Memoranda of Law: To Include or Not to Include

When compiling the documents that will constitute a Record on Appeal or Appendix, many appellate attorneys ask the same question regarding Memoranda of Law. Is it appropriate or acceptable to include them in the filing?

There is no rule at the New York State Appellate Division Departments that states a Record or Appendix will be rejected if Memos of Law are incorporated. The standard answer regarding whether they should be incorporated as part of the appeal is usually that the Memos of Law may be included only if they have independent relevance1. This means that either these lower court briefs contain admissions of fact or there is dispute as to whether or not a point was raised below.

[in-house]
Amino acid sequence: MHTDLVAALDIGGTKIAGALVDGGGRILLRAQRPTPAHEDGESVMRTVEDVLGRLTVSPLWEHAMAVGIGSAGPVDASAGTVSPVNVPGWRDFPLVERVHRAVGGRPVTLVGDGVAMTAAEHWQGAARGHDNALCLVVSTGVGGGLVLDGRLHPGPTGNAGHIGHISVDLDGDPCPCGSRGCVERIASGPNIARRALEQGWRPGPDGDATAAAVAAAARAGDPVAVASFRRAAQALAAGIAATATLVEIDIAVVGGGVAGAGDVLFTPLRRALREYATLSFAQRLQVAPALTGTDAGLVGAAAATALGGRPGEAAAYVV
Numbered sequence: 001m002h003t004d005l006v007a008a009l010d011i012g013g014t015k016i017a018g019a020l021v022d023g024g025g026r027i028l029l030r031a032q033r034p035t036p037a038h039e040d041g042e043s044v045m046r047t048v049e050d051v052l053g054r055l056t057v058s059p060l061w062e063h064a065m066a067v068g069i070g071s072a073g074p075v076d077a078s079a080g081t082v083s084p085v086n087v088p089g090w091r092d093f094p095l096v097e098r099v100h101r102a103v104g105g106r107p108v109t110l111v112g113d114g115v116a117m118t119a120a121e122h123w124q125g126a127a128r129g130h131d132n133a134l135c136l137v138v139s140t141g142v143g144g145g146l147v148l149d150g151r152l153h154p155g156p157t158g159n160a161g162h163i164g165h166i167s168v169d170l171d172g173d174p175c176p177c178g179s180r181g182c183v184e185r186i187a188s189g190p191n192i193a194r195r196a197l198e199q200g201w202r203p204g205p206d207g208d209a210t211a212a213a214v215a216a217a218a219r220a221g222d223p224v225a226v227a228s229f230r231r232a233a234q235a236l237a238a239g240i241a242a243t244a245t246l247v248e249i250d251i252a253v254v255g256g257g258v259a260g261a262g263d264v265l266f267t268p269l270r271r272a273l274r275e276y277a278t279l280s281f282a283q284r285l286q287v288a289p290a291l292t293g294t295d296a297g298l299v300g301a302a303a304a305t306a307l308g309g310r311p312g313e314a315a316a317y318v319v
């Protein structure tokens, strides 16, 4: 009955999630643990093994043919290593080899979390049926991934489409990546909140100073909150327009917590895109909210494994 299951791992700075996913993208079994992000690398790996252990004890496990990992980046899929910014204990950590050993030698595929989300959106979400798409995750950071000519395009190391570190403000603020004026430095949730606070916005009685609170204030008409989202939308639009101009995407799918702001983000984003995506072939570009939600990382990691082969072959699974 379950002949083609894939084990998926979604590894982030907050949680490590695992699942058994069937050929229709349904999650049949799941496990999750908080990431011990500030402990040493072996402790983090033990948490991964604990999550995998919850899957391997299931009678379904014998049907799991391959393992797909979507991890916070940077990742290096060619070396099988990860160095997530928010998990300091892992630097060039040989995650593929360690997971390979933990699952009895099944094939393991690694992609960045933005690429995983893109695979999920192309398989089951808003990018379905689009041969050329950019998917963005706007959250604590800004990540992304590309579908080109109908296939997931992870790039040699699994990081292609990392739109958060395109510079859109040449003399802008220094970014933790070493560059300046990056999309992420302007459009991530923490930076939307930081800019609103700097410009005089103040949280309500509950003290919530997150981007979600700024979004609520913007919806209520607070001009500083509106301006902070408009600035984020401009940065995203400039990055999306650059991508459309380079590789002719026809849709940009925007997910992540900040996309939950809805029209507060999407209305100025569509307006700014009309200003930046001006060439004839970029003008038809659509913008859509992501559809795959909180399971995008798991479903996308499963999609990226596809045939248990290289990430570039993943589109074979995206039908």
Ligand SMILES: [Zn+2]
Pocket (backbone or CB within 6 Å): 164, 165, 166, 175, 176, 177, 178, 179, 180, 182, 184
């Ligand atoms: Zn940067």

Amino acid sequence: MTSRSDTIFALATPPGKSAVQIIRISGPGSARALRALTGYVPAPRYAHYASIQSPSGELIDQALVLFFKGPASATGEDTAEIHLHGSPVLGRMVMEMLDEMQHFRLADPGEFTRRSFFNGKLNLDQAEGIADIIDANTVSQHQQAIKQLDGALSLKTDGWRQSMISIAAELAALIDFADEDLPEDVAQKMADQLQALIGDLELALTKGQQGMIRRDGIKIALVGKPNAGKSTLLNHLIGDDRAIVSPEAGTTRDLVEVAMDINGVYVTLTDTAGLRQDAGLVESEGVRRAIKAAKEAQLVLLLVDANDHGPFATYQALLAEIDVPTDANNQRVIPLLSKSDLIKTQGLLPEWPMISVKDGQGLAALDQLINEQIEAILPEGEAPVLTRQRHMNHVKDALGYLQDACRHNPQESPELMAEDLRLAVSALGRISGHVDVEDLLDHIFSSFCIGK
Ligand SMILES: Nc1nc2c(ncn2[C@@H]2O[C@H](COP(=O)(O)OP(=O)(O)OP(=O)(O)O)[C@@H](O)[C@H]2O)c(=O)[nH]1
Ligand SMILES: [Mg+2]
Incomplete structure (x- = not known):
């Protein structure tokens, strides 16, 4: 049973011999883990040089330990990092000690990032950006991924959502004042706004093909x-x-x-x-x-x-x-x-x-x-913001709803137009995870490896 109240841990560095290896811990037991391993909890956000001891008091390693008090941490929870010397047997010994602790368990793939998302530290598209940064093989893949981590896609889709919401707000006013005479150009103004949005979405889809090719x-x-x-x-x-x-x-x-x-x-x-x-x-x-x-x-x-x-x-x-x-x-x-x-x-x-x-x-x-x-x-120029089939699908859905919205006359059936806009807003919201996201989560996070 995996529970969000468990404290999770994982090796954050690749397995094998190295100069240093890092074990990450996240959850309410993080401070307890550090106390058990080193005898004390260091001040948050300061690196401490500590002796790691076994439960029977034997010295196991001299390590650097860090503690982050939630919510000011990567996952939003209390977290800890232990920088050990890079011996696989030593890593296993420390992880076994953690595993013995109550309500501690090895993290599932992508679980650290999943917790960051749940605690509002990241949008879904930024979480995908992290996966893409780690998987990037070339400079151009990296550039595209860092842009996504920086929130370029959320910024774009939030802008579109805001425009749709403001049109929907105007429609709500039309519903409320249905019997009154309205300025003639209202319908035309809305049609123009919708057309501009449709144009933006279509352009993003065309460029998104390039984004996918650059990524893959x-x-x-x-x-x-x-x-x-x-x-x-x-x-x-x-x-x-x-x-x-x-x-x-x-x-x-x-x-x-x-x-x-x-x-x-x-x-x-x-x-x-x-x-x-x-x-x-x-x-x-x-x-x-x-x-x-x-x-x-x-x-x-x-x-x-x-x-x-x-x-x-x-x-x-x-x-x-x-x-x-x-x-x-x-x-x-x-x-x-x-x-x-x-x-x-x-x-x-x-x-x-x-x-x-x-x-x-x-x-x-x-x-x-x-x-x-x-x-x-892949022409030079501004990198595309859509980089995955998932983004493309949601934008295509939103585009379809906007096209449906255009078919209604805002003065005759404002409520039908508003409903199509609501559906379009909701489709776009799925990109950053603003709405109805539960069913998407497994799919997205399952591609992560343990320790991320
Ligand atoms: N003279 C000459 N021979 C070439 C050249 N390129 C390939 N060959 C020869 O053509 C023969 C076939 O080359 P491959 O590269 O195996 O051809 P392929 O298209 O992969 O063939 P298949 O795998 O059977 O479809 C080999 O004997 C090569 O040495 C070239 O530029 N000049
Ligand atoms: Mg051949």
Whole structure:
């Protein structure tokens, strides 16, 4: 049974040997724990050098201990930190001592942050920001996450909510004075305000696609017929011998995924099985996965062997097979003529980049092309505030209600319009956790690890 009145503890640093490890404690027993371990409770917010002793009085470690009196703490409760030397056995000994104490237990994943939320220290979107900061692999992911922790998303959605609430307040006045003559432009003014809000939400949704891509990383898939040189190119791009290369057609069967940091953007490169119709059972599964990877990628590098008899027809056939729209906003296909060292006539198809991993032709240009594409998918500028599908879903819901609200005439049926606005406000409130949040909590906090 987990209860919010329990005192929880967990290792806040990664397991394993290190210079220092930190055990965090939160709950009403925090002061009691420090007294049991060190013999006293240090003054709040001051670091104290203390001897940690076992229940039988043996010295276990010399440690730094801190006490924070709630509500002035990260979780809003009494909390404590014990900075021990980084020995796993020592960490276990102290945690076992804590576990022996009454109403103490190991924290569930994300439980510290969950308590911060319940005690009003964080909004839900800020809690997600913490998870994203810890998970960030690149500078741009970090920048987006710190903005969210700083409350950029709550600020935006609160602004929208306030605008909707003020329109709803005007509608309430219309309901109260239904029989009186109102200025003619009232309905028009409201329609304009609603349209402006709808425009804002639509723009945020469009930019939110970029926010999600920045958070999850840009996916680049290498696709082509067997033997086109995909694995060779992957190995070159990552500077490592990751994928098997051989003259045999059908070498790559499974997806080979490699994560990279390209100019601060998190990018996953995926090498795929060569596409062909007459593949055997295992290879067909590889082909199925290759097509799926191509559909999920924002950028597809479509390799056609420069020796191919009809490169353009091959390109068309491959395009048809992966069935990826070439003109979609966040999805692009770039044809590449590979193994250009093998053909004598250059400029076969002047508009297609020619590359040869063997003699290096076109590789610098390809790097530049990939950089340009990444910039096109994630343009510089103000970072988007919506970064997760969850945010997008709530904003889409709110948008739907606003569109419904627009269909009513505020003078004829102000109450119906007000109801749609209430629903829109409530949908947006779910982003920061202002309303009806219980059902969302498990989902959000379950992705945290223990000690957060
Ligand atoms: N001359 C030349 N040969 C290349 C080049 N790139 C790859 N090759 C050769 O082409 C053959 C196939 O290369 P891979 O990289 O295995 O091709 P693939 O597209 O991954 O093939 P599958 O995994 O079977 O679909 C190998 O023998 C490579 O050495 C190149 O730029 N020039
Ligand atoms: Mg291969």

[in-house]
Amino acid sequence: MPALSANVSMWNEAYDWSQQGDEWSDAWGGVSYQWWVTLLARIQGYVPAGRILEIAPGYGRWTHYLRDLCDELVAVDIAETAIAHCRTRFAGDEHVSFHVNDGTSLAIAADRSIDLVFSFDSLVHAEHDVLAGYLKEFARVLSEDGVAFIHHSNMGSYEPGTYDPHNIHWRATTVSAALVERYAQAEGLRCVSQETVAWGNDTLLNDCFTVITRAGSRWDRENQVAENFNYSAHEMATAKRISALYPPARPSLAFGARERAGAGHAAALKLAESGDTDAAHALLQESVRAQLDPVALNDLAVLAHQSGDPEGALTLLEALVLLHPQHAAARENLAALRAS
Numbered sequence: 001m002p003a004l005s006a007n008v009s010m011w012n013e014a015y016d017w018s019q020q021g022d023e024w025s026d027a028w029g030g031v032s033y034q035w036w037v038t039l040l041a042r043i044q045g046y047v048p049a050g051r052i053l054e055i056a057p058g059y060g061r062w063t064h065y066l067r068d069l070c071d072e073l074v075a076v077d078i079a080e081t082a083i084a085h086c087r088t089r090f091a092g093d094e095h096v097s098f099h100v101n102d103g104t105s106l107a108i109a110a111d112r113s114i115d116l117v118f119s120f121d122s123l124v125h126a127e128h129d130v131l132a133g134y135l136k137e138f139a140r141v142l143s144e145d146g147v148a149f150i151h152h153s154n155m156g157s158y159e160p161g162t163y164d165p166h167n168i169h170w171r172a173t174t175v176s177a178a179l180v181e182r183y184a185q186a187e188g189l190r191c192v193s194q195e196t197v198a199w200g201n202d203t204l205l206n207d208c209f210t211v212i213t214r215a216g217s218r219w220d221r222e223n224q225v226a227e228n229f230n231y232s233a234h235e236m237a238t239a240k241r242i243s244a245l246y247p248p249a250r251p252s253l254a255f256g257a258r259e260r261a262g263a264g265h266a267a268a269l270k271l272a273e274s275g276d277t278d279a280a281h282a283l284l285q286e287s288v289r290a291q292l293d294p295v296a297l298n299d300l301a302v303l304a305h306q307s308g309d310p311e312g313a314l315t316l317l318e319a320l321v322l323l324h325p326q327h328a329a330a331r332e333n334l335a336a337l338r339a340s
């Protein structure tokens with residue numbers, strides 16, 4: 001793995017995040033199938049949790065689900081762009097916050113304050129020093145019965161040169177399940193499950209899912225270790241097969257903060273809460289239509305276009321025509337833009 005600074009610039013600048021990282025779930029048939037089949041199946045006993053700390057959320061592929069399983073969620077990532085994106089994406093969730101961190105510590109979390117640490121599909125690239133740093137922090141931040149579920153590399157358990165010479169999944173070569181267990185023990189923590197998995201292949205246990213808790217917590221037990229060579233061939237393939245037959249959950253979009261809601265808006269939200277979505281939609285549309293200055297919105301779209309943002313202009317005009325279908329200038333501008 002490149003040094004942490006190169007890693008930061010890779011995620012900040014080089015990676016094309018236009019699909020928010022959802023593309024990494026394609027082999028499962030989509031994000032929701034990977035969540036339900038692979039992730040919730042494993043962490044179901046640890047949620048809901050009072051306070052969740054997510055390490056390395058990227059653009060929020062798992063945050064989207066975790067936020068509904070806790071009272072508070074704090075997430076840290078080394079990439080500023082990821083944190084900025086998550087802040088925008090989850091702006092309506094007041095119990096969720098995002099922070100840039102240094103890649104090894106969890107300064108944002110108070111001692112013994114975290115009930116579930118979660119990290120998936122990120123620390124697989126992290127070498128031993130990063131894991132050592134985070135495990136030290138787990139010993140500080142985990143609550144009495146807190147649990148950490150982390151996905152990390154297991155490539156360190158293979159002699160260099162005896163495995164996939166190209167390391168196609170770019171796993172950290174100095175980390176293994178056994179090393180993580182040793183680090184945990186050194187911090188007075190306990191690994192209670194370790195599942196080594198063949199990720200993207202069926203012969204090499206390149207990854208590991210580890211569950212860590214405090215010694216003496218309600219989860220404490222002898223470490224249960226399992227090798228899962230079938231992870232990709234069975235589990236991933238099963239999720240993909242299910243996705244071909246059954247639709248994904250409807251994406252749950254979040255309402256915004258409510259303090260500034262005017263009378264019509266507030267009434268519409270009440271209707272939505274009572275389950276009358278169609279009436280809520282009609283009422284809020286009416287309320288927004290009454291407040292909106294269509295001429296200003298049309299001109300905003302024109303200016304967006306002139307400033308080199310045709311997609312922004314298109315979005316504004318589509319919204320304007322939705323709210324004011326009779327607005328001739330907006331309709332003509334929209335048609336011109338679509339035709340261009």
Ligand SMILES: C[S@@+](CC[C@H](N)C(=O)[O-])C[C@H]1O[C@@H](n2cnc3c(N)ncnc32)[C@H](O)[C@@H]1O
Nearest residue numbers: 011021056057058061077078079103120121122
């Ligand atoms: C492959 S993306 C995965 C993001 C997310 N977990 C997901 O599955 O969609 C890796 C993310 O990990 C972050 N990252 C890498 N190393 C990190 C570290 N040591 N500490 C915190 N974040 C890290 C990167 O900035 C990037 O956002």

If, however, a party only filed a Memorandum of Law instead of an Affirmation in Support or Opposition, then the Memo should always be included in the Record or Appendix regardless of whether it has independent relevance or not. In omitting such a Memo, a key portion of the case documents would be missing from the Record/Appendix and perhaps also the ensuing briefs, skewing the appellate judge’s decision.

If a Memo of Law either has independent relevance or was filed in place of an affirmation and must be included in the Record on Appeal or Appendix, it is customary to then include all of the Memoranda of Law into the filing.

 

 

1 However, if the Judge rendering the decision goes to the extent of pointing out the Memos of Law in his decree, I always advise my clients that they should automatically be included to accurately have a complete Record on Appeal.